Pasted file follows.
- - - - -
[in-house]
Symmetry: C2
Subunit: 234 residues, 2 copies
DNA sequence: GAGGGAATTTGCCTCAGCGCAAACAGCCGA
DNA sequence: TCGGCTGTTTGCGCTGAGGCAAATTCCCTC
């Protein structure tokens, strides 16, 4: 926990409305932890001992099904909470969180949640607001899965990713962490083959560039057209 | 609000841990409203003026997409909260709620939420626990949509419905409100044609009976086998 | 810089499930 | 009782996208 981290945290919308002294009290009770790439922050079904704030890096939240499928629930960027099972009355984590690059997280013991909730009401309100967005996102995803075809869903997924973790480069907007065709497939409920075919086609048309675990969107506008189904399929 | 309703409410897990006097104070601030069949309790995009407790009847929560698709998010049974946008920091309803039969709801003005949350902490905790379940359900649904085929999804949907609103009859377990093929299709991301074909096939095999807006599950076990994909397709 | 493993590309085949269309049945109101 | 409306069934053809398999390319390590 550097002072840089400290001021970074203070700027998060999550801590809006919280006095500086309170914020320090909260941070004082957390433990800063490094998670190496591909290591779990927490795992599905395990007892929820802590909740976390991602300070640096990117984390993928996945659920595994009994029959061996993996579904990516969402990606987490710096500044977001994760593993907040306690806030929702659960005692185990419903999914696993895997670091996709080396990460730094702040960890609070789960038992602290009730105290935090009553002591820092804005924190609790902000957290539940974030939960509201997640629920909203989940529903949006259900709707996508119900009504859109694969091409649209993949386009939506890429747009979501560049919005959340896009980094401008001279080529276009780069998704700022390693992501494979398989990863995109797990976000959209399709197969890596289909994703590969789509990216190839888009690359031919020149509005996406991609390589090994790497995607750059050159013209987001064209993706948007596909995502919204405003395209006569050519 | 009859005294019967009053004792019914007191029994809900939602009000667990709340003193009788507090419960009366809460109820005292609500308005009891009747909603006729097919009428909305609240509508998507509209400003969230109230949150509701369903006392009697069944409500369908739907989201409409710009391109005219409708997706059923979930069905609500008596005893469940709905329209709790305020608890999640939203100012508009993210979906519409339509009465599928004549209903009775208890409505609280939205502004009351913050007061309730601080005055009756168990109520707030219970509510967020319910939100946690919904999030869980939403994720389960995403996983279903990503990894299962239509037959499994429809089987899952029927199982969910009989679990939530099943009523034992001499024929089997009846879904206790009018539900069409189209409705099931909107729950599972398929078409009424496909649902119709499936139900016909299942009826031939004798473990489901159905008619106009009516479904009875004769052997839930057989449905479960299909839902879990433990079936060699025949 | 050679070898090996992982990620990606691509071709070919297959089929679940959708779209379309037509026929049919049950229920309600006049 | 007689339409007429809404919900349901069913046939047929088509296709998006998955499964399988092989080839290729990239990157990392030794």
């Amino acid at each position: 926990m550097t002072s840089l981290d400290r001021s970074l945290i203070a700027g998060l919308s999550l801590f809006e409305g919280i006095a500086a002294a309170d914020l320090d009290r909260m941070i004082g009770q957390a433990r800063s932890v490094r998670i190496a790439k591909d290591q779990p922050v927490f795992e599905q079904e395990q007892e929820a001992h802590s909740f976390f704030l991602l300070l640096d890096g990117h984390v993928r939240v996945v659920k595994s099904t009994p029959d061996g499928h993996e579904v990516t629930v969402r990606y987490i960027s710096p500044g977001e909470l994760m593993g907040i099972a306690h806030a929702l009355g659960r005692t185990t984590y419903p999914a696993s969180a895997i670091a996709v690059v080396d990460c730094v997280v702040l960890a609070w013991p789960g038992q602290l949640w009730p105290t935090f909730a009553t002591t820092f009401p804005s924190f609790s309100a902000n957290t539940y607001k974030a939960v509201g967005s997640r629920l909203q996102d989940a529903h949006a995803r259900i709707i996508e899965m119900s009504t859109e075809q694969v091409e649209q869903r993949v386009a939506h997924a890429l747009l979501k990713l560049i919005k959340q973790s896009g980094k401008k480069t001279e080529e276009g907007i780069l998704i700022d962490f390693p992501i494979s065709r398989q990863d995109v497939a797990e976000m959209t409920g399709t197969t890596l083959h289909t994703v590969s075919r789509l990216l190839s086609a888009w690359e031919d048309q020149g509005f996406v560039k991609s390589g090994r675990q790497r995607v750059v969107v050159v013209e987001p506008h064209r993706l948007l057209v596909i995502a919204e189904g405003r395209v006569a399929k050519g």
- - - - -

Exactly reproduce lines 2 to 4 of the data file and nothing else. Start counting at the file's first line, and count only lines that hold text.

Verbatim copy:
Symmetry: C2
Subunit: 234 residues, 2 copies
DNA sequence: GAGGGAATTTGCCTCAGCGCAAACAGCCGA